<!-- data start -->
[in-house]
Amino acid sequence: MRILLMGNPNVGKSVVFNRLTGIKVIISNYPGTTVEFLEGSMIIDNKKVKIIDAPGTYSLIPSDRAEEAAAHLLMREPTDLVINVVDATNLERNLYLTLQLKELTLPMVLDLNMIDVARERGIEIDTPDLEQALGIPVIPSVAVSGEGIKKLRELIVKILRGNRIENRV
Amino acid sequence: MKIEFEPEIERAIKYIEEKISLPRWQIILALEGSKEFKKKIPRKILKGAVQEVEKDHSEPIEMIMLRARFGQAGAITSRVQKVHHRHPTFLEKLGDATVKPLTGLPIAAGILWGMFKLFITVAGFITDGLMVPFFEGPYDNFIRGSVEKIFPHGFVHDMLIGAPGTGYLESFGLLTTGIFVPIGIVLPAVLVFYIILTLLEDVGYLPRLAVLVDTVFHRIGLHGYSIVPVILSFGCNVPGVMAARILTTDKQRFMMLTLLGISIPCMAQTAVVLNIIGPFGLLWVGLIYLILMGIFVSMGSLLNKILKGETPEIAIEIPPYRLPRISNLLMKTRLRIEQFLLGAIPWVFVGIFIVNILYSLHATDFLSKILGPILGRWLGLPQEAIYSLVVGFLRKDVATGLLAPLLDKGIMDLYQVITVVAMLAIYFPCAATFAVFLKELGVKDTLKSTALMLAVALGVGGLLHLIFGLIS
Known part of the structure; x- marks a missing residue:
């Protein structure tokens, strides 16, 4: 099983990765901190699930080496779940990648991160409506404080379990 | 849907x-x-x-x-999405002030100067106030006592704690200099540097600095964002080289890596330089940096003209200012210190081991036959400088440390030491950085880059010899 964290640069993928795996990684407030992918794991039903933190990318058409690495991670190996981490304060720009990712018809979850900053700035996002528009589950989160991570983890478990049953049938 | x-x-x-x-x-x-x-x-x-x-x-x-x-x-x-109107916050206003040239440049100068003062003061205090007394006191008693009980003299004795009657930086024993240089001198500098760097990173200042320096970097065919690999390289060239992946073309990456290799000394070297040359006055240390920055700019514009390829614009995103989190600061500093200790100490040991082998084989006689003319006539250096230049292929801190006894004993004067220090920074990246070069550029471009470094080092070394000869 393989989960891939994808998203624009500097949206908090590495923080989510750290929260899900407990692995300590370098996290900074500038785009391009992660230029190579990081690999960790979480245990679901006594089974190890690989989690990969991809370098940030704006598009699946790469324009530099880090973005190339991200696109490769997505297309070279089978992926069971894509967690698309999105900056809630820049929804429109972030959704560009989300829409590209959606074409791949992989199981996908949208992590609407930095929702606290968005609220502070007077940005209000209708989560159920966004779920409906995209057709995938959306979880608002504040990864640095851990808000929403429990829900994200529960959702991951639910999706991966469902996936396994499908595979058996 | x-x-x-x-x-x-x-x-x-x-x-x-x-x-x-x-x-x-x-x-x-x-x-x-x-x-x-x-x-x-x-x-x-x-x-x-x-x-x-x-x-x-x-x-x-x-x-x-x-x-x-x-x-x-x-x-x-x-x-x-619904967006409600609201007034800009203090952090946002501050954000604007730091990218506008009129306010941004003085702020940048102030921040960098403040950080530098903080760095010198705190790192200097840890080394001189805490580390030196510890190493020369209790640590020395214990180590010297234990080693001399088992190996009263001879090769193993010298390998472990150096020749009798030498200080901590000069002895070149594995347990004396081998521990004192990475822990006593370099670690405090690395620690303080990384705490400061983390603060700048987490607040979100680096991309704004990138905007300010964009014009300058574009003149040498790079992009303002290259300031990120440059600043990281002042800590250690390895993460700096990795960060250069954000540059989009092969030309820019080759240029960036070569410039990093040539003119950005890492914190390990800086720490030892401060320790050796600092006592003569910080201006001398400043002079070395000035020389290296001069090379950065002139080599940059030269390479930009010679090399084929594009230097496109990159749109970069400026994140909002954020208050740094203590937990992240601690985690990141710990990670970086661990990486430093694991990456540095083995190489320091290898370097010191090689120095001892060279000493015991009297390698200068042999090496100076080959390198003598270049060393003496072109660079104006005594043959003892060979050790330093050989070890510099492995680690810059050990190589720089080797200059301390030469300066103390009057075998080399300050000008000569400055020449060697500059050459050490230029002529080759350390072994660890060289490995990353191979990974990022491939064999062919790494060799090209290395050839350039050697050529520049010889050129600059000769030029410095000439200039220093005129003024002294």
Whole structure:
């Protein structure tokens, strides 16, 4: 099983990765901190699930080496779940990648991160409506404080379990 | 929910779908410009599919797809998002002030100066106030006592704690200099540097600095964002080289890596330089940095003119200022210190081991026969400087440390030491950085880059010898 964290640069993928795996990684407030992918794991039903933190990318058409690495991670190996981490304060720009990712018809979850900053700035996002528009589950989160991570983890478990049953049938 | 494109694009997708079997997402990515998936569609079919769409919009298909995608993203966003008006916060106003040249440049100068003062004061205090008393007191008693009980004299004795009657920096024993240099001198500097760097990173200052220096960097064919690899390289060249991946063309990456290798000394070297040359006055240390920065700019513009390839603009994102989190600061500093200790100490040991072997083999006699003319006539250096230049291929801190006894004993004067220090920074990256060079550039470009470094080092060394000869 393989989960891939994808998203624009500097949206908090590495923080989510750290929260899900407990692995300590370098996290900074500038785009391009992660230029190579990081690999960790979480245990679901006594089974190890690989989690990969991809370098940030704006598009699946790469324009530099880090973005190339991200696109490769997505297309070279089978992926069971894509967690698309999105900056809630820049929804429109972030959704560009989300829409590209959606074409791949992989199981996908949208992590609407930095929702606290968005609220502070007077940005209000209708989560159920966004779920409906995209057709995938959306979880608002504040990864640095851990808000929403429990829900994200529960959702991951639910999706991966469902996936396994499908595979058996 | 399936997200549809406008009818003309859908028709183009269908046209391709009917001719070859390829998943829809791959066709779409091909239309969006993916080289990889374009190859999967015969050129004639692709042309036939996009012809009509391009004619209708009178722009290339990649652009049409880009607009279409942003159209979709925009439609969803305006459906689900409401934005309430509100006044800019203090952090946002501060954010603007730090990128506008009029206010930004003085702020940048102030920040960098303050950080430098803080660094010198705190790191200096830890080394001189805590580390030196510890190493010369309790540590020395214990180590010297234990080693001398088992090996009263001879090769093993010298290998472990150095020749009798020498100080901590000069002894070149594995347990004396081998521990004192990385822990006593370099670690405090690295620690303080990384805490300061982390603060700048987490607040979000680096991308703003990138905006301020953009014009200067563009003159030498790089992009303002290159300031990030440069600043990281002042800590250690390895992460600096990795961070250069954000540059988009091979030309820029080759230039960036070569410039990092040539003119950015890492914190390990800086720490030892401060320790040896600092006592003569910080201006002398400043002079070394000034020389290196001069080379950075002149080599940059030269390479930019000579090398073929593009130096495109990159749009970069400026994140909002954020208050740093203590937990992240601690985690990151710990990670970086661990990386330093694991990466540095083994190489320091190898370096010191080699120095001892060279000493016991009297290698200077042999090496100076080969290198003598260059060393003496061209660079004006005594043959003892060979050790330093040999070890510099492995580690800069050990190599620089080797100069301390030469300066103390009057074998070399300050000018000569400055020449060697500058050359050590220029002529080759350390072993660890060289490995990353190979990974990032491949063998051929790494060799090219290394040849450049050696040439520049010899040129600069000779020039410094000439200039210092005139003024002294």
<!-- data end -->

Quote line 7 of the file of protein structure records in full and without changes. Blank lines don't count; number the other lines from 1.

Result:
């Protein structure tokens, strides 16, 4: 099983990765901190699930080496779940990648991160409506404080379990 | 929910779908410009599919797809998002002030100066106030006592704690200099540097600095964002080289890596330089940095003119200022210190081991026969400087440390030491950085880059010898 964290640069993928795996990684407030992918794991039903933190990318058409690495991670190996981490304060720009990712018809979850900053700035996002528009589950989160991570983890478990049953049938 | 494109694009997708079997997402990515998936569609079919769409919009298909995608993203966003008006916060106003040249440049100068003062004061205090008393007191008693009980004299004795009657920096024993240099001198500097760097990173200052220096960097064919690899390289060249991946063309990456290798000394070297040359006055240390920065700019513009390839603009994102989190600061500093200790100490040991072997083999006699003319006539250096230049291929801190006894004993004067220090920074990256060079550039470009470094080092060394000869 393989989960891939994808998203624009500097949206908090590495923080989510750290929260899900407990692995300590370098996290900074500038785009391009992660230029190579990081690999960790979480245990679901006594089974190890690989989690990969991809370098940030704006598009699946790469324009530099880090973005190339991200696109490769997505297309070279089978992926069971894509967690698309999105900056809630820049929804429109972030959704560009989300829409590209959606074409791949992989199981996908949208992590609407930095929702606290968005609220502070007077940005209000209708989560159920966004779920409906995209057709995938959306979880608002504040990864640095851990808000929403429990829900994200529960959702991951639910999706991966469902996936396994499908595979058996 | 399936997200549809406008009818003309859908028709183009269908046209391709009917001719070859390829998943829809791959066709779409091909239309969006993916080289990889374009190859999967015969050129004639692709042309036939996009012809009509391009004619209708009178722009290339990649652009049409880009607009279409942003159209979709925009439609969803305006459906689900409401934005309430509100006044800019203090952090946002501060954010603007730090990128506008009029206010930004003085702020940048102030920040960098303050950080430098803080660094010198705190790191200096830890080394001189805590580390030196510890190493010369309790540590020395214990180590010297234990080693001398088992090996009263001879090769093993010298290998472990150095020749009798020498100080901590000069002894070149594995347990004396081998521990004192990385822990006593370099670690405090690295620690303080990384805490300061982390603060700048987490607040979000680096991308703003990138905006301020953009014009200067563009003159030498790089992009303002290159300031990030440069600043990281002042800590250690390895992460600096990795961070250069954000540059988009091979030309820029080759230039960036070569410039990092040539003119950015890492914190390990800086720490030892401060320790040896600092006592003569910080201006002398400043002079070394000034020389290196001069080379950075002149080599940059030269390479930019000579090398073929593009130096495109990159749009970069400026994140909002954020208050740093203590937990992240601690985690990151710990990670970086661990990386330093694991990466540095083994190489320091190898370096010191080699120095001892060279000493016991009297290698200077042999090496100076080969290198003598260059060393003496061209660079004006005594043959003892060979050790330093040999070890510099492995580690800069050990190599620089080797100069301390030469300066103390009057074998070399300050000018000569400055020449060697500058050359050590220029002529080759350390072993660890060289490995990353190979990974990032491949063998051929790494060799090219290394040849450049050696040439520049010899040129600069000779020039410094000439200039210092005139003024002294």